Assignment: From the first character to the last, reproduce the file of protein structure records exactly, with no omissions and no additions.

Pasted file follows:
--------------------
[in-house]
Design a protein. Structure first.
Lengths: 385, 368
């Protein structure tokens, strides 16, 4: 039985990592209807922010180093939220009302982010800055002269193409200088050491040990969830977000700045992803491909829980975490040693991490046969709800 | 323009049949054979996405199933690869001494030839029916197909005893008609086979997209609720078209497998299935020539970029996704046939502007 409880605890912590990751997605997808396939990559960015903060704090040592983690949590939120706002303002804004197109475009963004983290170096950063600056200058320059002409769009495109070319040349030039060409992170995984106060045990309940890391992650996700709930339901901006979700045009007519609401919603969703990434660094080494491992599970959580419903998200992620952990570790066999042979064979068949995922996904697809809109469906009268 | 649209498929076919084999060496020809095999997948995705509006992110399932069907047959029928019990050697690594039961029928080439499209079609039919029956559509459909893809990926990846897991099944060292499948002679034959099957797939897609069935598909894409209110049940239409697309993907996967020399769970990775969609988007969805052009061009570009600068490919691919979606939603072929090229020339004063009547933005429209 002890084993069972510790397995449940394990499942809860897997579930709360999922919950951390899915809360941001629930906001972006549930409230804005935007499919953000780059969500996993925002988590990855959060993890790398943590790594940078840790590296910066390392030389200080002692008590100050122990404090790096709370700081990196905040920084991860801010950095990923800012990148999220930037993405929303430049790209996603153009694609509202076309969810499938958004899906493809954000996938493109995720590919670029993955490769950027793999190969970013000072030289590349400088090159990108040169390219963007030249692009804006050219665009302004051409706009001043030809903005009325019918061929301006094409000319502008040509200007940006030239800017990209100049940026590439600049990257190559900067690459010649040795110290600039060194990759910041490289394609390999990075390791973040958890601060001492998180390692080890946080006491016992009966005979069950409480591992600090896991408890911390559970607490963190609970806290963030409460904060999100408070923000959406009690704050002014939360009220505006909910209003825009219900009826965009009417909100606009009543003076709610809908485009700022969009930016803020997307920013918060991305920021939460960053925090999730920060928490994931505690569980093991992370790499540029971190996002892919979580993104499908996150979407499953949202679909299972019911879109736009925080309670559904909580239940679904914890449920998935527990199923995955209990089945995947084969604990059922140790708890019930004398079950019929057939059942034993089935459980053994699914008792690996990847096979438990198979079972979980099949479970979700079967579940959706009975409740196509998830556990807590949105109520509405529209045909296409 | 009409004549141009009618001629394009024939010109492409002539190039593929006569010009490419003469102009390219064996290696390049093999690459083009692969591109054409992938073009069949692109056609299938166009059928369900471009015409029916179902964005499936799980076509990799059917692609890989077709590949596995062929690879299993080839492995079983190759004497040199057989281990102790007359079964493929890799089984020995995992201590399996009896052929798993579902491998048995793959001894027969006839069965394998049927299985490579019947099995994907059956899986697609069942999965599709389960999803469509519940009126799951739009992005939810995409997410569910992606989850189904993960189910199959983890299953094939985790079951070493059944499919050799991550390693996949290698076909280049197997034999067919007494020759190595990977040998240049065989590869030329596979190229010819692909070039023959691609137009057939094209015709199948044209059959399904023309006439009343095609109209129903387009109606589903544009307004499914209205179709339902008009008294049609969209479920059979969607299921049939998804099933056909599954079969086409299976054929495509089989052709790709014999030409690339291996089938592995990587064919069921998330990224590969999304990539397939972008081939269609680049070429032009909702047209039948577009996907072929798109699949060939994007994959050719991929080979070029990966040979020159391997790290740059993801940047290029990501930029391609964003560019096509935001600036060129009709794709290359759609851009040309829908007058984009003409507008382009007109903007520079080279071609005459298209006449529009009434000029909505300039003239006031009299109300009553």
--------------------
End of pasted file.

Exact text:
[in-house]
Design a protein. Structure first.
Lengths: 385, 368
């Protein structure tokens, strides 16, 4: 039985990592209807922010180093939220009302982010800055002269193409200088050491040990969830977000700045992803491909829980975490040693991490046969709800 | 323009049949054979996405199933690869001494030839029916197909005893008609086979997209609720078209497998299935020539970029996704046939502007 409880605890912590990751997605997808396939990559960015903060704090040592983690949590939120706002303002804004197109475009963004983290170096950063600056200058320059002409769009495109070319040349030039060409992170995984106060045990309940890391992650996700709930339901901006979700045009007519609401919603969703990434660094080494491992599970959580419903998200992620952990570790066999042979064979068949995922996904697809809109469906009268 | 649209498929076919084999060496020809095999997948995705509006992110399932069907047959029928019990050697690594039961029928080439499209079609039919029956559509459909893809990926990846897991099944060292499948002679034959099957797939897609069935598909894409209110049940239409697309993907996967020399769970990775969609988007969805052009061009570009600068490919691919979606939603072929090229020339004063009547933005429209 002890084993069972510790397995449940394990499942809860897997579930709360999922919950951390899915809360941001629930906001972006549930409230804005935007499919953000780059969500996993925002988590990855959060993890790398943590790594940078840790590296910066390392030389200080002692008590100050122990404090790096709370700081990196905040920084991860801010950095990923800012990148999220930037993405929303430049790209996603153009694609509202076309969810499938958004899906493809954000996938493109995720590919670029993955490769950027793999190969970013000072030289590349400088090159990108040169390219963007030249692009804006050219665009302004051409706009001043030809903005009325019918061929301006094409000319502008040509200007940006030239800017990209100049940026590439600049990257190559900067690459010649040795110290600039060194990759910041490289394609390999990075390791973040958890601060001492998180390692080890946080006491016992009966005979069950409480591992600090896991408890911390559970607490963190609970806290963030409460904060999100408070923000959406009690704050002014939360009220505006909910209003825009219900009826965009009417909100606009009543003076709610809908485009700022969009930016803020997307920013918060991305920021939460960053925090999730920060928490994931505690569980093991992370790499540029971190996002892919979580993104499908996150979407499953949202679909299972019911879109736009925080309670559904909580239940679904914890449920998935527990199923995955209990089945995947084969604990059922140790708890019930004398079950019929057939059942034993089935459980053994699914008792690996990847096979438990198979079972979980099949479970979700079967579940959706009975409740196509998830556990807590949105109520509405529209045909296409 | 009409004549141009009618001629394009024939010109492409002539190039593929006569010009490419003469102009390219064996290696390049093999690459083009692969591109054409992938073009069949692109056609299938166009059928369900471009015409029916179902964005499936799980076509990799059917692609890989077709590949596995062929690879299993080839492995079983190759004497040199057989281990102790007359079964493929890799089984020995995992201590399996009896052929798993579902491998048995793959001894027969006839069965394998049927299985490579019947099995994907059956899986697609069942999965599709389960999803469509519940009126799951739009992005939810995409997410569910992606989850189904993960189910199959983890299953094939985790079951070493059944499919050799991550390693996949290698076909280049197997034999067919007494020759190595990977040998240049065989590869030329596979190229010819692909070039023959691609137009057939094209015709199948044209059959399904023309006439009343095609109209129903387009109606589903544009307004499914209205179709339902008009008294049609969209479920059979969607299921049939998804099933056909599954079969086409299976054929495509089989052709790709014999030409690339291996089938592995990587064919069921998330990224590969999304990539397939972008081939269609680049070429032009909702047209039948577009996907072929798109699949060939994007994959050719991929080979070029990966040979020159391997790290740059993801940047290029990501930029391609964003560019096509935001600036060129009709794709290359759609851009040309829908007058984009003409507008382009007109903007520079080279071609005459298209006449529009009434000029909505300039003239006031009299109300009553």